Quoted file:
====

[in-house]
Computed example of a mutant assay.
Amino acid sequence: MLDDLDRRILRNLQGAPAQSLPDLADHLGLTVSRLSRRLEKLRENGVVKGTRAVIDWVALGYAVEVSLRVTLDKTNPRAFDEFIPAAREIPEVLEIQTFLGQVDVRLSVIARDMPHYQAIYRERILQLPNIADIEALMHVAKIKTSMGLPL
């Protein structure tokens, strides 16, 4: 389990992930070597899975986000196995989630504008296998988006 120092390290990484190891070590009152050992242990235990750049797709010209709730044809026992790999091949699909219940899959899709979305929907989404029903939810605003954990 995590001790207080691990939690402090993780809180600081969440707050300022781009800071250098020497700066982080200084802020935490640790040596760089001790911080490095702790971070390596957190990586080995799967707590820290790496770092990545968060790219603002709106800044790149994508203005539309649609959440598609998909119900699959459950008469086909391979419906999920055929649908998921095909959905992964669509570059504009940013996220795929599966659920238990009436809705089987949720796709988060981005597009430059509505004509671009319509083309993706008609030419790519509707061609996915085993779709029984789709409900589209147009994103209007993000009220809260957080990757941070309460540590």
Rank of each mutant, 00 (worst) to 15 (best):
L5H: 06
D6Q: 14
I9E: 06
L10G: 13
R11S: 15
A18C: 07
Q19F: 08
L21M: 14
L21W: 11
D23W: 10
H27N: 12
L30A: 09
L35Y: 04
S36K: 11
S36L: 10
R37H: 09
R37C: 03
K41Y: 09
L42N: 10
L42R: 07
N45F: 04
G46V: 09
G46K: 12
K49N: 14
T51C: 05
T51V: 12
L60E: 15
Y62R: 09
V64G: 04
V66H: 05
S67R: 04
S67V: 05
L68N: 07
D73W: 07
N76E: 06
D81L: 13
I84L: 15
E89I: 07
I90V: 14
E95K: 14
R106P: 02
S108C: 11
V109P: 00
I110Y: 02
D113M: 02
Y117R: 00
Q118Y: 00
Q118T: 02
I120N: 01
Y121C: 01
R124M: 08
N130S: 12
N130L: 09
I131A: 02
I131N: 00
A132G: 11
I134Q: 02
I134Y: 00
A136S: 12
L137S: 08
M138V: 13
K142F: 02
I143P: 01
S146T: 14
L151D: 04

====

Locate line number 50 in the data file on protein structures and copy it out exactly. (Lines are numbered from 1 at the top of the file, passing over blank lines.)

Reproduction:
D113M: 02